June 14, 2015
June 14, 2015
June 17, 2015
Educational Research and Methods
26.1552.1 - 26.1552.14
Disciplinary Differences in High School Experiences and Influence on Engineering Identity and Possible SelvesFrequently in education research, students interested in engineering are treated as a monolith.Prior research shows that disciplinary differences are present in students, even early in theircollege careers. Differences include students career outcome expectations, achievementmotivation, beliefs about sustainability, high school subject-related identities, and beliefs aboutthe impact engineering can have on the world. Students' self-identification with engineering isvitally important to their recruitment and retention into engineering. Recent calls from the U.S.President have emphasized the need for one million new STEM graduates in the next decade tomaintain the country's global competitiveness. Understanding how differences in students' highschool experiences and interests can predict differences in engineering disciplines and students'identification with engineering can begin to address this need.We utilized the framework of possible selves to examine students' self-beliefs of who they arenow and who they could be in the future as predicted by high school experiences. Possibleselves represent individuals' ideas of who they might become, who they would like to become,and who they wish to avoid becoming, and thus provides a conceptual link between students'current identities, motivation, and future role identities. Understanding the future component ofstudent self-concept can provide insight into students' goals and engineering trajectories.This work focuses on addressing two research questions: 1) Are there disciplinary differences instudents' prior high school extracurricular experiences and interests? and 2) How do theseexperiences affect students' engineering identity now and in the future? To answer thesequestions, we compared students in different engineering disciplines at the start of theirengineering studies. The data for this work comes from a nationally representative survey,distributed in Fall 2013, of 15,847 students from 27 different institutions across the U.S. Byidentifying students intending to major in seven different disciplines (bio/biomedical, chemical,civil, electrical, environmental, industrial, and mechanical engineering) for a total of 2,007students interested in an engineering career, we show the variation in the type of studentsmajoring in different engineering disciplines early in their college careers.Regression analysis was used to study how students' high school experiences and interestsdiffered between engineering disciplines. Gender differences were also examined to see if aparticular interest was more or less important for women in their disciplinary choices. Anotherregression examined if these experiences predicted an engineering identity currently and in thefuture. Students who were interested in tinkering, chemistry, engaging with the natural world,and participating in science competitions were more likely to have defined engineeringperceptions now and in the future. Significant disciplinary differences were also seen forstudents engaging in a variety of high school experiences and interests. For example, chemicalengineering students were more likely than other engineers to have positively engaged withchemistry, participated in science groups or competitions, and been interested in talking aboutscience. Gender differences were found for female students in biomedical, electrical, civil,chemical, and environmental engineering disciplines.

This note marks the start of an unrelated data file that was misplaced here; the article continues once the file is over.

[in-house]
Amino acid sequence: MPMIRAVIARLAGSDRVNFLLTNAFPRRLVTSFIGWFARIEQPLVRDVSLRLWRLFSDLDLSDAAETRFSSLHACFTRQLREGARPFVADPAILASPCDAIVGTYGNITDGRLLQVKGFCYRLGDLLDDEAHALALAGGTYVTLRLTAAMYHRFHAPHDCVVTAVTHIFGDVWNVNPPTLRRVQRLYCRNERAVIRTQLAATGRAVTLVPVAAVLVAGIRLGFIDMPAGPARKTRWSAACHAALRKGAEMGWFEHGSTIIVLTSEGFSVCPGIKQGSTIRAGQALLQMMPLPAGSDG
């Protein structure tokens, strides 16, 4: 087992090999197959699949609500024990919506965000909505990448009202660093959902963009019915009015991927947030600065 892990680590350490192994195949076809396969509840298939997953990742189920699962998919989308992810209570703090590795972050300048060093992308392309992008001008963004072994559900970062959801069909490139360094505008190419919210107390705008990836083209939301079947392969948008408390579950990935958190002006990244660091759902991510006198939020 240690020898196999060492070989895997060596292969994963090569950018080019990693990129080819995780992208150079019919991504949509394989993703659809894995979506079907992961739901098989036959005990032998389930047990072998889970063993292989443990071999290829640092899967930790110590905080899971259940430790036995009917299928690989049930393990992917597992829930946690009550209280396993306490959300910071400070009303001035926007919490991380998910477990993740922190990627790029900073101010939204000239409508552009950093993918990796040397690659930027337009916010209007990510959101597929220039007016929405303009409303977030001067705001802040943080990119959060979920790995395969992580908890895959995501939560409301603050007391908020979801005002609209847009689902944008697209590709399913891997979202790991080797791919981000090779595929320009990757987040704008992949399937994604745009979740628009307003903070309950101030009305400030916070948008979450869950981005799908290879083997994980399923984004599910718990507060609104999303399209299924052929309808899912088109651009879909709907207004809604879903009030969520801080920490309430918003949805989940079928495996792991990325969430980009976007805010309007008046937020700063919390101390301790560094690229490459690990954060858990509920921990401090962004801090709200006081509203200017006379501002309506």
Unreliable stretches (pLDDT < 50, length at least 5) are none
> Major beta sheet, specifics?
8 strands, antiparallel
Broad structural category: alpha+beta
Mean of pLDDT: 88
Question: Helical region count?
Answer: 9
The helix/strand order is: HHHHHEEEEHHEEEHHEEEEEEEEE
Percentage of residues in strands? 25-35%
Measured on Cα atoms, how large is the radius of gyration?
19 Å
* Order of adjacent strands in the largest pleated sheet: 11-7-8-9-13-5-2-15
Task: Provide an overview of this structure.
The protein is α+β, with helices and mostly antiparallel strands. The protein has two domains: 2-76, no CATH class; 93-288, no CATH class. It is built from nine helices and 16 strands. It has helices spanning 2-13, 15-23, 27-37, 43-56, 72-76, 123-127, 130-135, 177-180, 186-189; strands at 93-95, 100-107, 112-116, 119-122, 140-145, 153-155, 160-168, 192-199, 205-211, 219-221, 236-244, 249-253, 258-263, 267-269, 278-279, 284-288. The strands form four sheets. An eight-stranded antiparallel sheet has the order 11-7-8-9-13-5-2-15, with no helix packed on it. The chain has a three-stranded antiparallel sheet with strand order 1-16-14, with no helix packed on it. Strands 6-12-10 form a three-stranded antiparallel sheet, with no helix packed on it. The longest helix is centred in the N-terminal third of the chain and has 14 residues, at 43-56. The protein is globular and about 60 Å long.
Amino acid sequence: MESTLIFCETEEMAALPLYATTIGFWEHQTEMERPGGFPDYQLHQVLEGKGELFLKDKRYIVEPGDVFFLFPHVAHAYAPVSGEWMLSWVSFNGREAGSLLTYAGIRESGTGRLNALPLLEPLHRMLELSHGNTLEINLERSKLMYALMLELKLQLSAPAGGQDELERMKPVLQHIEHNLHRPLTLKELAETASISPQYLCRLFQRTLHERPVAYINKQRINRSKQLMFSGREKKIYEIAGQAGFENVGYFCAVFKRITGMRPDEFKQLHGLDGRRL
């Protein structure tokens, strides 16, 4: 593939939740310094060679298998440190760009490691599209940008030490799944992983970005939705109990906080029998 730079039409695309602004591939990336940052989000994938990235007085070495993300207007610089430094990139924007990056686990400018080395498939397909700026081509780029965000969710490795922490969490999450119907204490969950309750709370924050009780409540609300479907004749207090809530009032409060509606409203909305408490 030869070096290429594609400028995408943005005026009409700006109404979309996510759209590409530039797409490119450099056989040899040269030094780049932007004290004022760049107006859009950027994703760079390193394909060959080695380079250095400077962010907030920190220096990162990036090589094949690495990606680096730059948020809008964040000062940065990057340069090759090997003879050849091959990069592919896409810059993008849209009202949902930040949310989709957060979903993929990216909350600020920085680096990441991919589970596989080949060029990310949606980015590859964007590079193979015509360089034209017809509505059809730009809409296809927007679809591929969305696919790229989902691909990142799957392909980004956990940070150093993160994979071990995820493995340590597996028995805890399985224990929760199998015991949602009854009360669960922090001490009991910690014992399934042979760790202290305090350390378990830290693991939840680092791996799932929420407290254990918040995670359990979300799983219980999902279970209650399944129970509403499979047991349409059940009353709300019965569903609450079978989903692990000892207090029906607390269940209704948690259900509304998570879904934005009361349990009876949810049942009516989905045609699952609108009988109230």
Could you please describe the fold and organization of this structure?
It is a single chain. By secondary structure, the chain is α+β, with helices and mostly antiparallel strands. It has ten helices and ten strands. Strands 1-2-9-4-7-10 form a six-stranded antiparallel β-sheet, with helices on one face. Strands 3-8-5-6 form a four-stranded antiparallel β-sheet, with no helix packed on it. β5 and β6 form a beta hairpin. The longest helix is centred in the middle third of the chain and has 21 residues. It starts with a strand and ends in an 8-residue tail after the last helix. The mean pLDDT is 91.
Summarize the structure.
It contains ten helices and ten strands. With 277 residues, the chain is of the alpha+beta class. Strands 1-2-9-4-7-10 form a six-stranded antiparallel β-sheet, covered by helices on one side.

Godwin, A., & Sonnert, G., & Sadler, P. M. (2015, June), The Influence of Out-of-school High School Experiences on Engineering Identities and Career Choice Paper presented at 2015 ASEE Annual Conference & Exposition, Seattle, Washington. 10.18260/p.24889
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